There’s a problem: It’s not right. Just because MJ was the greatest basketball player and one of the sport’s great winners doesn’t mean his behaviors should be emulated. It’s no more ridiculous than telling a young basketball player 20 or 40 years ago that they should sleep with every woman they possibly can if they want to play like Magic or Wilt, or a young linebacker that he should do cocaine if he wants to play like Lawrence Taylor, or a musician that he should take heroin if he wants to play like John Lennon.
Great competitors can act like jerks sometimes because they’re great competitors. But it seems like we have guys in the NBA now acting like jerks because they think it’ll make them great competitors. It’s as ludicrous as thinking the reason we’ve lost touch with the family values we had in the 1950s America is that we’re not racist enough, or that we haven’t had a president as good as FDR.
Pathological competitiveness has certainly been responsible for aiding the rise of some of the great athletes of our times. But if we as the sports-viewing public continue to fetishize it, we’re going to see more ugly incidents like this one. Is the reason LeBron James isn’t shaking anybody’s hand because he’s afraid of the whispers that he should’ve spent the time he spent hosting the ESPYs or producing a documentary working on his game, that he’s afraid of what’s become the ultimate pejorative in the post-Jordan era, that he “doesn’t have the heart of a champion?” Is Kobe scowling because of the last time he heard an unfounded whisper about how he wanted to be L.A.’s golden boy more than he wanted a fourth ring? Is KG cursing and screaming because of all the years his killer instinct was called out when he couldn’t bring a championship to Minnesota?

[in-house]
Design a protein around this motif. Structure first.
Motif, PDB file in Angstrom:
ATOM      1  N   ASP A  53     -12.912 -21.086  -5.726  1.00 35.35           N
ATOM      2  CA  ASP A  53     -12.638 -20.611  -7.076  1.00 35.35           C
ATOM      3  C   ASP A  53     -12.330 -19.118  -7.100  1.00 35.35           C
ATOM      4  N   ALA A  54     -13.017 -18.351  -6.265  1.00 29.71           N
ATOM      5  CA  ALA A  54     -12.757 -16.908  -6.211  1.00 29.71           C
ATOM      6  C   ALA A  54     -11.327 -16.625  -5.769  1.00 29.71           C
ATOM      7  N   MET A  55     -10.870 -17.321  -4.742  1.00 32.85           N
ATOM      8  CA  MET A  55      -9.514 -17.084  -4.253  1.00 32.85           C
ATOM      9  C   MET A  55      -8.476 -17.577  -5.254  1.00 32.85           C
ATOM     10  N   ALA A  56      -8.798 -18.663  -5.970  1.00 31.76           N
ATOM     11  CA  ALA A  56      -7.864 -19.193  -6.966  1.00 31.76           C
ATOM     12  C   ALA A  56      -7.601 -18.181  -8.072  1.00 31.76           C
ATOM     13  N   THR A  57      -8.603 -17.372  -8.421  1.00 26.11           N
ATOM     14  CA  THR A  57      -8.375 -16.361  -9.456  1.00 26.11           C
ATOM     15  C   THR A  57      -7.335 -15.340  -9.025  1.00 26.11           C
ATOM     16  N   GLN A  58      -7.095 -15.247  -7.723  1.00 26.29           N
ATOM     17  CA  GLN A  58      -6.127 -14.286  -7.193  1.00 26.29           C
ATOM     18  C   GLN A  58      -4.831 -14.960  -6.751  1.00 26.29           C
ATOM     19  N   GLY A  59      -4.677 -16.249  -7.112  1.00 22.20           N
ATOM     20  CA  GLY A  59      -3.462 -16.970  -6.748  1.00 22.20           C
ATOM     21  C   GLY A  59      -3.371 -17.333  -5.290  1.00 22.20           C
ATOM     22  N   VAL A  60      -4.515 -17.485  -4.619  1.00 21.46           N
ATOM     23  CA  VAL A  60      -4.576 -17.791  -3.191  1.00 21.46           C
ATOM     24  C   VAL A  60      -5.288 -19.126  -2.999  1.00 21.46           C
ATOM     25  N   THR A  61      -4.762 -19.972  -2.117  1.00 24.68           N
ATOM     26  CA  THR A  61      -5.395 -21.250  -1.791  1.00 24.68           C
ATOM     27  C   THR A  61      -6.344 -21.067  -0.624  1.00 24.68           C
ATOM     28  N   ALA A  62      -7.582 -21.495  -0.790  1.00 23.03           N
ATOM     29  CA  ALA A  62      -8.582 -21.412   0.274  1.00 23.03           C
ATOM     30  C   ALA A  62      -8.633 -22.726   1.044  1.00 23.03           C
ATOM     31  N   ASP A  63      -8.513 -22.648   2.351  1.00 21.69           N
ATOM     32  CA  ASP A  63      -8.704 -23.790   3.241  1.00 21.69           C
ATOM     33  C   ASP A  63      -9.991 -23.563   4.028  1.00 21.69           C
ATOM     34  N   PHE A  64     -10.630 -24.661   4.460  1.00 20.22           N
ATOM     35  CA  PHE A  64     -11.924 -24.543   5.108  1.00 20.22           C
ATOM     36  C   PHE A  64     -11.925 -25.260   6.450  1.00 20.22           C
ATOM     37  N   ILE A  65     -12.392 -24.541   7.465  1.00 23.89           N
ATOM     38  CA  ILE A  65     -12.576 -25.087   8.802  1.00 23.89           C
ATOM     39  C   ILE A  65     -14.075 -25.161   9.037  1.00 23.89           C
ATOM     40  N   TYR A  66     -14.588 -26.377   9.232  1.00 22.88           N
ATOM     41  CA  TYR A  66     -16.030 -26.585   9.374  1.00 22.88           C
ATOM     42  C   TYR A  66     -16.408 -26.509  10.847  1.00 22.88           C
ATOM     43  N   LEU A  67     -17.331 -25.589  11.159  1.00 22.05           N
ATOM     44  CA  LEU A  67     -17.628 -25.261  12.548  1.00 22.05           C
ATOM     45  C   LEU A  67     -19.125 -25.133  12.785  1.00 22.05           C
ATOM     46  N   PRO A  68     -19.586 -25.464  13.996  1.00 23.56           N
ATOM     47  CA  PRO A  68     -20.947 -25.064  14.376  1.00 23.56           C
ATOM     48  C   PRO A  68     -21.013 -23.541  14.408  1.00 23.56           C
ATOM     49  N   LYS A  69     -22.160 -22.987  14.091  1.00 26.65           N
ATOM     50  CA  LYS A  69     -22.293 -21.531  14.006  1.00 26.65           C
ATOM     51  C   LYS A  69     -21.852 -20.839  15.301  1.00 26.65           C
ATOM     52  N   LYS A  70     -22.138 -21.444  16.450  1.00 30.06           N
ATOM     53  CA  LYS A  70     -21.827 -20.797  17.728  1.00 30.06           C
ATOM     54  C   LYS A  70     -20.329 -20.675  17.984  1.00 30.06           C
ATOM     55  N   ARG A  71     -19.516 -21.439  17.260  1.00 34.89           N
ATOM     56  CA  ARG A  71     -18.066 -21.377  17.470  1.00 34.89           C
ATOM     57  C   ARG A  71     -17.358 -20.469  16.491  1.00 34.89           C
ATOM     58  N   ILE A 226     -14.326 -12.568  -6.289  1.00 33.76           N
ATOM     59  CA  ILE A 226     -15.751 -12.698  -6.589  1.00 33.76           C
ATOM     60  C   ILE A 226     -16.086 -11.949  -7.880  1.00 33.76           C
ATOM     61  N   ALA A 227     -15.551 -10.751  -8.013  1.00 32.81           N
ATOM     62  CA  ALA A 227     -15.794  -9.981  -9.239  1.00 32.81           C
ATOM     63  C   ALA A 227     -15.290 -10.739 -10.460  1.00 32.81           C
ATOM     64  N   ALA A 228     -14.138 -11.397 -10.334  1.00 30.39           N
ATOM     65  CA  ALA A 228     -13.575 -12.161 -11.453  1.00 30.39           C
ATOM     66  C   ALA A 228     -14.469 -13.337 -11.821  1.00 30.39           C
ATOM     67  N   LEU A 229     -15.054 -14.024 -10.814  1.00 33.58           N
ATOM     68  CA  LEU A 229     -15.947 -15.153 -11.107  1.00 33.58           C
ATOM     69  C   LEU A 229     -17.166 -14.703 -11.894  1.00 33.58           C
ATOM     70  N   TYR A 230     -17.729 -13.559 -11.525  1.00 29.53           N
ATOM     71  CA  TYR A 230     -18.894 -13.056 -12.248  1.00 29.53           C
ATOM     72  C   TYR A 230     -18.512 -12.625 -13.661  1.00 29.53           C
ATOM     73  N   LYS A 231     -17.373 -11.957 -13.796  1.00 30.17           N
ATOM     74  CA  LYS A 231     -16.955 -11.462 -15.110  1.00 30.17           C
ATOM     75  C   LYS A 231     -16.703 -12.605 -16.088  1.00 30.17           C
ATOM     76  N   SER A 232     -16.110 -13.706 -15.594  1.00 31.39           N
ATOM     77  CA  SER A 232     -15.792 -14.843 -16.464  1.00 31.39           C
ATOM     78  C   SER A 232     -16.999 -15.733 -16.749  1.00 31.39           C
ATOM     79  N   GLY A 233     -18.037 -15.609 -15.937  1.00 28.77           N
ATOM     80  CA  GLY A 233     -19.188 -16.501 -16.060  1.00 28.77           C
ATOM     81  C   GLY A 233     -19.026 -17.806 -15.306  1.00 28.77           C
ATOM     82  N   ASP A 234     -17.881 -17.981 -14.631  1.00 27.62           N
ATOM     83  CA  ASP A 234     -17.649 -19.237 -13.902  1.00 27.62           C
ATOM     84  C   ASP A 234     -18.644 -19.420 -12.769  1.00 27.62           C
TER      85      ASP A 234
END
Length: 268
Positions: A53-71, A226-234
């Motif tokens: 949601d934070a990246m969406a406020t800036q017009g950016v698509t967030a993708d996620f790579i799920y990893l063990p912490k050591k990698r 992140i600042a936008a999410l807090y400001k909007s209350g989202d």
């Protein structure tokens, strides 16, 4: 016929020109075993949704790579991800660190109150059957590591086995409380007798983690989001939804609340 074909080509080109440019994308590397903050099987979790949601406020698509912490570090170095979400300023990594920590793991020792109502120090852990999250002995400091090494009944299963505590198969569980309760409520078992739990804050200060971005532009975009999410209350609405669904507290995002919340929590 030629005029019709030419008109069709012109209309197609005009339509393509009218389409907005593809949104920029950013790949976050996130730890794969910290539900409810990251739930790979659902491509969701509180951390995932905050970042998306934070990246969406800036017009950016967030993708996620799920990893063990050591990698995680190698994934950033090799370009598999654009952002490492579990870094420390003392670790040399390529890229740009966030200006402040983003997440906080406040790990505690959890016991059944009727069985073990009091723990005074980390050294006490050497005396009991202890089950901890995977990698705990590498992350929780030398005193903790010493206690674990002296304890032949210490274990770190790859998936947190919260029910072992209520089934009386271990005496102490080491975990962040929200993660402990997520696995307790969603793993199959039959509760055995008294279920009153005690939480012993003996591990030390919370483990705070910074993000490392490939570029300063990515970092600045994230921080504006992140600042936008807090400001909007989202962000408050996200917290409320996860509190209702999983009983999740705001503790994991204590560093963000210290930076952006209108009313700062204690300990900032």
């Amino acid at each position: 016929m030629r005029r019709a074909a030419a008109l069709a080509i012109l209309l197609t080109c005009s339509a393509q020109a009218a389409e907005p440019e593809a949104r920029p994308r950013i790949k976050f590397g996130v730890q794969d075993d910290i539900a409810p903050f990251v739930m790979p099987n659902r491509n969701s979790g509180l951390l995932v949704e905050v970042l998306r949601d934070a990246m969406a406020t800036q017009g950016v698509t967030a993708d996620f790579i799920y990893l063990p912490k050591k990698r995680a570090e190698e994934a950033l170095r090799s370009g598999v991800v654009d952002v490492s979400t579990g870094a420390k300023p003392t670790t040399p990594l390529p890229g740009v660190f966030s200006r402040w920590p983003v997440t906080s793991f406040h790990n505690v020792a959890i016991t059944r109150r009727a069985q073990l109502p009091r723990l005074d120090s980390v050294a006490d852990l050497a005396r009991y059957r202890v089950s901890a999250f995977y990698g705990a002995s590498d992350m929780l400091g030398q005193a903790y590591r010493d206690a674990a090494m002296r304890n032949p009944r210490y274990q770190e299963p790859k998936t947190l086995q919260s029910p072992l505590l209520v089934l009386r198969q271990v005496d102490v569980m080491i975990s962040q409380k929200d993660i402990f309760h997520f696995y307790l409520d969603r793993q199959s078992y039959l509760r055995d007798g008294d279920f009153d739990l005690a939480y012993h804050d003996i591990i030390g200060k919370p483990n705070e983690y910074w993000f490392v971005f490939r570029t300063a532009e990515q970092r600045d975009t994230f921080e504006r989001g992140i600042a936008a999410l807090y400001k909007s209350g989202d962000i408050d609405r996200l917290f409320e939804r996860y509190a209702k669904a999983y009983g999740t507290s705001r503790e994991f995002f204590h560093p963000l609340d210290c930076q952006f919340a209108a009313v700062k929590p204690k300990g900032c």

I don’t know, but I get the feeling that if we keep up a witch-hunt for players that don’t love the game and winning as much as we think we should, we’re going to see more things like Dwight Howard needing to “prove he has a mean streak” and kids on their middle-school teams cursing out the refs after a call that doesn’t go their way and flipping chairs on the bench after a loss instead of finding a healthy way to show that they care about the game, because we’re telling people that people who really care act in ways that aren’t healthy.
Of course NBA players play with very real stakes—millions of dollars on the line, the expectations of whole cities and fanbases around the globe. But there are more important things than the final score, even when it doesn’t seem like it a lot of the time. Trauma surgeons don’t go around firing f-bombs at nurses before a surgery or trying to prove to everyone how important they know their job is. Everyone knows.
When I watch the NBA, I watch because it’s an escape from a lot of the uncertainties and little unpleasantries of life, to watch a game that’s both straightforward in its goals and complicated and beautiful in its execution; to see something done at the absolute highest level possible. I respect the sacrifice and work that goes into providing that for me, for providing a parallel and different world to the one I spend most of my day in, and appreciate that most of these guys, especially not the ones we really cheer for, would never mail in a game or a play in a million years. And I understand that every now and then I’m going to have to see the ugly side of that passion. But I don’t ever want to turn on a game because I want to see something beautiful and find that the ugliness is what people demand to see in order to be convinced that what they’re seeing is really great enough for them.